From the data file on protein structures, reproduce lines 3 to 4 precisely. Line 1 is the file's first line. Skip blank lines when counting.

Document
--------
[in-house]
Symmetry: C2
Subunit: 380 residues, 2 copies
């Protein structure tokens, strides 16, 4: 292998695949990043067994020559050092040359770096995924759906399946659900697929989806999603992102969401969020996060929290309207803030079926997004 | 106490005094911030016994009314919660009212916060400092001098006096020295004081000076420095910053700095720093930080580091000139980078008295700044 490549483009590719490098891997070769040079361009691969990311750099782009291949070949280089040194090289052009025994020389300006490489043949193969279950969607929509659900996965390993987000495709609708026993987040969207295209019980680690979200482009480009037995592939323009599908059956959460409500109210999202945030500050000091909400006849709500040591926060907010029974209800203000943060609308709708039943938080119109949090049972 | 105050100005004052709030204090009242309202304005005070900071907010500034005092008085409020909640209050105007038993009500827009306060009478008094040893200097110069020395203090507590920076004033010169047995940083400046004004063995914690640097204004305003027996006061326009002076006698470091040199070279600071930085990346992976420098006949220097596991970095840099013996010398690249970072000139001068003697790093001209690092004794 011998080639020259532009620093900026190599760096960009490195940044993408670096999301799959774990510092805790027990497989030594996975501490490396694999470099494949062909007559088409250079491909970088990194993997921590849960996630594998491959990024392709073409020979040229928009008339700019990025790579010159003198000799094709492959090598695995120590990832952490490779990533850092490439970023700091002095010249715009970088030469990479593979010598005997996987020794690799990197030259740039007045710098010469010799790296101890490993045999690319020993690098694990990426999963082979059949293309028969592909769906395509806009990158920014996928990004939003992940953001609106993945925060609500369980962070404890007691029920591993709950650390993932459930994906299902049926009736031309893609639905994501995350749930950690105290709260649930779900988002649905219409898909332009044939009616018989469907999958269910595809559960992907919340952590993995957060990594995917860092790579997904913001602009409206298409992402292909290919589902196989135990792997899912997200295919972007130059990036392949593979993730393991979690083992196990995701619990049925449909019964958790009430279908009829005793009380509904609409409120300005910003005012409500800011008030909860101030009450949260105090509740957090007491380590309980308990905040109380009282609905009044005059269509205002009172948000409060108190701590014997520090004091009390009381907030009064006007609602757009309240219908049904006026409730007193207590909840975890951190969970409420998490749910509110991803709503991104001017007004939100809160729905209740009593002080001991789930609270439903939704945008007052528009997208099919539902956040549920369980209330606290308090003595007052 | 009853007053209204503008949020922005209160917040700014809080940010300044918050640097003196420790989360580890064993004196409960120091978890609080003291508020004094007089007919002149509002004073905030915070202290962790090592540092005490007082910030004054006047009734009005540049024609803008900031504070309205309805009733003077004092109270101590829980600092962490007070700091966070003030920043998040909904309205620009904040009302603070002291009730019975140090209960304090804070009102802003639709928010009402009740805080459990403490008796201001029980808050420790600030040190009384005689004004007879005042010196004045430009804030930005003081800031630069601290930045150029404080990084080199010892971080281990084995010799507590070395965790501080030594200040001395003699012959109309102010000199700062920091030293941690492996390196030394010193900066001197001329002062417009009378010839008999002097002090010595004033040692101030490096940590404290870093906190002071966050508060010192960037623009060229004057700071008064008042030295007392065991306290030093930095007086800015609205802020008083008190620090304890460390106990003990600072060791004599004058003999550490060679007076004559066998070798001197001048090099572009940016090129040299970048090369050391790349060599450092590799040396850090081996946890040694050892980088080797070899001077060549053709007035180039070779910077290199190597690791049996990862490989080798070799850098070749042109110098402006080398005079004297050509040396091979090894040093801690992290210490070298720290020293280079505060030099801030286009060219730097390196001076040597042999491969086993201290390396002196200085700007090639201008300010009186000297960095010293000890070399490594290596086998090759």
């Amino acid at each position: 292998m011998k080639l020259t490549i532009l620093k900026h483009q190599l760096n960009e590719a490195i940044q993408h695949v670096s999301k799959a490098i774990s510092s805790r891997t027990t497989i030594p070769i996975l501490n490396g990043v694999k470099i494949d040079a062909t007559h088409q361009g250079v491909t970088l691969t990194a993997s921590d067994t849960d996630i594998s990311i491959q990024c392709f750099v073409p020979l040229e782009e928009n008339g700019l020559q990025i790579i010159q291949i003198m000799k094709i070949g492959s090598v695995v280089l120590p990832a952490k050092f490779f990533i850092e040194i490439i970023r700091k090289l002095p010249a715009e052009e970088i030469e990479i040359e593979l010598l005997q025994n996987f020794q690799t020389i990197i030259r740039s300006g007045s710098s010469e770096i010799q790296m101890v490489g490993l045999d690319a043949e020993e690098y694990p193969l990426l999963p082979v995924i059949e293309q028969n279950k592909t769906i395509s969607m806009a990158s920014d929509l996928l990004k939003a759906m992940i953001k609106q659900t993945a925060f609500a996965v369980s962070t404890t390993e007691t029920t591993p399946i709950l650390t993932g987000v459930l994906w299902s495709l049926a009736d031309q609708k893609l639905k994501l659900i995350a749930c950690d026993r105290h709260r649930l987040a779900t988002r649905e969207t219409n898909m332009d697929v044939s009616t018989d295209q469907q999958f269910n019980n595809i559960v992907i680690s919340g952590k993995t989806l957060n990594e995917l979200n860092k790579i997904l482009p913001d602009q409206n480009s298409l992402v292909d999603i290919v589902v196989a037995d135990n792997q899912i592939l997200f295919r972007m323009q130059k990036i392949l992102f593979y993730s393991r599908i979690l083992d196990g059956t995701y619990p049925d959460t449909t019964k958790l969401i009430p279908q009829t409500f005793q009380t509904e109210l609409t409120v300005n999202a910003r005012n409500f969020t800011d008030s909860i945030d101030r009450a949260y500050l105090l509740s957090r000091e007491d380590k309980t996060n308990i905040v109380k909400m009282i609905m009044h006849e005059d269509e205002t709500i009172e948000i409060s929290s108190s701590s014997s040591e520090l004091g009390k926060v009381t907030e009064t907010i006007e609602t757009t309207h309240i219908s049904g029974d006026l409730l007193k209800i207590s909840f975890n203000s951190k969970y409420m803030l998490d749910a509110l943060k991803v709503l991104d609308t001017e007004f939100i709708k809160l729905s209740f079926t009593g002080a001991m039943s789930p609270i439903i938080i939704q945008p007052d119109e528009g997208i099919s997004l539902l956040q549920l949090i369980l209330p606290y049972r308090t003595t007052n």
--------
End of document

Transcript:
Subunit: 380 residues, 2 copies
């Protein structure tokens, strides 16, 4: 292998695949990043067994020559050092040359770096995924759906399946659900697929989806999603992102969401969020996060929290309207803030079926997004 | 106490005094911030016994009314919660009212916060400092001098006096020295004081000076420095910053700095720093930080580091000139980078008295700044 490549483009590719490098891997070769040079361009691969990311750099782009291949070949280089040194090289052009025994020389300006490489043949193969279950969607929509659900996965390993987000495709609708026993987040969207295209019980680690979200482009480009037995592939323009599908059956959460409500109210999202945030500050000091909400006849709500040591926060907010029974209800203000943060609308709708039943938080119109949090049972 | 105050100005004052709030204090009242309202304005005070900071907010500034005092008085409020909640209050105007038993009500827009306060009478008094040893200097110069020395203090507590920076004033010169047995940083400046004004063995914690640097204004305003027996006061326009002076006698470091040199070279600071930085990346992976420098006949220097596991970095840099013996010398690249970072000139001068003697790093001209690092004794 011998080639020259532009620093900026190599760096960009490195940044993408670096999301799959774990510092805790027990497989030594996975501490490396694999470099494949062909007559088409250079491909970088990194993997921590849960996630594998491959990024392709073409020979040229928009008339700019990025790579010159003198000799094709492959090598695995120590990832952490490779990533850092490439970023700091002095010249715009970088030469990479593979010598005997996987020794690799990197030259740039007045710098010469010799790296101890490993045999690319020993690098694990990426999963082979059949293309028969592909769906395509806009990158920014996928990004939003992940953001609106993945925060609500369980962070404890007691029920591993709950650390993932459930994906299902049926009736031309893609639905994501995350749930950690105290709260649930779900988002649905219409898909332009044939009616018989469907999958269910595809559960992907919340952590993995957060990594995917860092790579997904913001602009409206298409992402292909290919589902196989135990792997899912997200295919972007130059990036392949593979993730393991979690083992196990995701619990049925449909019964958790009430279908009829005793009380509904609409409120300005910003005012409500800011008030909860101030009450949260105090509740957090007491380590309980308990905040109380009282609905009044005059269509205002009172948000409060108190701590014997520090004091009390009381907030009064006007609602757009309240219908049904006026409730007193207590909840975890951190969970409420998490749910509110991803709503991104001017007004939100809160729905209740009593002080001991789930609270439903939704945008007052528009997208099919539902956040549920369980209330606290308090003595007052 | 009853007053209204503008949020922005209160917040700014809080940010300044918050640097003196420790989360580890064993004196409960120091978890609080003291508020004094007089007919002149509002004073905030915070202290962790090592540092005490007082910030004054006047009734009005540049024609803008900031504070309205309805009733003077004092109270101590829980600092962490007070700091966070003030920043998040909904309205620009904040009302603070002291009730019975140090209960304090804070009102802003639709928010009402009740805080459990403490008796201001029980808050420790600030040190009384005689004004007879005042010196004045430009804030930005003081800031630069601290930045150029404080990084080199010892971080281990084995010799507590070395965790501080030594200040001395003699012959109309102010000199700062920091030293941690492996390196030394010193900066001197001329002062417009009378010839008999002097002090010595004033040692101030490096940590404290870093906190002071966050508060010192960037623009060229004057700071008064008042030295007392065991306290030093930095007086800015609205802020008083008190620090304890460390106990003990600072060791004599004058003999550490060679007076004559066998070798001197001048090099572009940016090129040299970048090369050391790349060599450092590799040396850090081996946890040694050892980088080797070899001077060549053709007035180039070779910077290199190597690791049996990862490989080798070799850098070749042109110098402006080398005079004297050509040396091979090894040093801690992290210490070298720290020293280079505060030099801030286009060219730097390196001076040597042999491969086993201290390396002196200085700007090639201008300010009186000297960095010293000890070399490594290596086998090759």